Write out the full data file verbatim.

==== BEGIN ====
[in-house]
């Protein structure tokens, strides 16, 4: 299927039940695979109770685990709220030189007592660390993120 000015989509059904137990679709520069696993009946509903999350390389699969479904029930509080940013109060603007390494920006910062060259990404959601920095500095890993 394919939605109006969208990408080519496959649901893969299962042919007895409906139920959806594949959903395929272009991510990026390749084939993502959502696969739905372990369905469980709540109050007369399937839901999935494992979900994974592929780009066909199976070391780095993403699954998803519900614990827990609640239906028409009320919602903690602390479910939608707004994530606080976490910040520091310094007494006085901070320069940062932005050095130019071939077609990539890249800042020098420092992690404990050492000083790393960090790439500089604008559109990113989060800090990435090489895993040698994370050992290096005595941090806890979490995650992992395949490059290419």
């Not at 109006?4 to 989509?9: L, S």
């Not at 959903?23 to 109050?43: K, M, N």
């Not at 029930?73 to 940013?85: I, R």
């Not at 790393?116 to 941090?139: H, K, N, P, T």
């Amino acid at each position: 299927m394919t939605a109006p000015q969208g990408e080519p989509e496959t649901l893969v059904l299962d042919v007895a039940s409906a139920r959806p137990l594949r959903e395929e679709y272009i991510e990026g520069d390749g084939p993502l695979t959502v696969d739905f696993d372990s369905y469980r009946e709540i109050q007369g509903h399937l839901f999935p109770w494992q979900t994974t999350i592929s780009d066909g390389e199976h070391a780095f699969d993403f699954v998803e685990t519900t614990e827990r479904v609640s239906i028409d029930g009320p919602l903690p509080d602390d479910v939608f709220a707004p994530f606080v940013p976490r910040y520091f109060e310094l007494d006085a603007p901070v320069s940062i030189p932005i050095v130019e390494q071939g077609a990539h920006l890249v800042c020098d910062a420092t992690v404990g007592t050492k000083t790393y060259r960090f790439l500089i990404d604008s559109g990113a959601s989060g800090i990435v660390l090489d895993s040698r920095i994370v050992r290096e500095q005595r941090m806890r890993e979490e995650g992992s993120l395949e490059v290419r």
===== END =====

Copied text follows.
[in-house]
């Protein structure tokens, strides 16, 4: 299927039940695979109770685990709220030189007592660390993120 000015989509059904137990679709520069696993009946509903999350390389699969479904029930509080940013109060603007390494920006910062060259990404959601920095500095890993 394919939605109006969208990408080519496959649901893969299962042919007895409906139920959806594949959903395929272009991510990026390749084939993502959502696969739905372990369905469980709540109050007369399937839901999935494992979900994974592929780009066909199976070391780095993403699954998803519900614990827990609640239906028409009320919602903690602390479910939608707004994530606080976490910040520091310094007494006085901070320069940062932005050095130019071939077609990539890249800042020098420092992690404990050492000083790393960090790439500089604008559109990113989060800090990435090489895993040698994370050992290096005595941090806890979490995650992992395949490059290419």
């Not at 109006?4 to 989509?9: L, S």
């Not at 959903?23 to 109050?43: K, M, N």
């Not at 029930?73 to 940013?85: I, R």
């Not at 790393?116 to 941090?139: H, K, N, P, T």
């Amino acid at each position: 299927m394919t939605a109006p000015q969208g990408e080519p989509e496959t649901l893969v059904l299962d042919v007895a039940s409906a139920r959806p137990l594949r959903e395929e679709y272009i991510e990026g520069d390749g084939p993502l695979t959502v696969d739905f696993d372990s369905y469980r009946e709540i109050q007369g509903h399937l839901f999935p109770w494992q979900t994974t999350i592929s780009d066909g390389e199976h070391a780095f699969d993403f699954v998803e685990t519900t614990e827990r479904v609640s239906i028409d029930g009320p919602l903690p509080d602390d479910v939608f709220a707004p994530f606080v940013p976490r910040y520091f109060e310094l007494d006085a603007p901070v320069s940062i030189p932005i050095v130019e390494q071939g077609a990539h920006l890249v800042c020098d910062a420092t992690v404990g007592t050492k000083t790393y060259r960090f790439l500089i990404d604008s559109g990113a959601s989060g800090i990435v660390l090489d895993s040698r920095i994370v050992r290096e500095q005595r941090m806890r890993e979490e995650g992992s993120l395949e490059v290419r």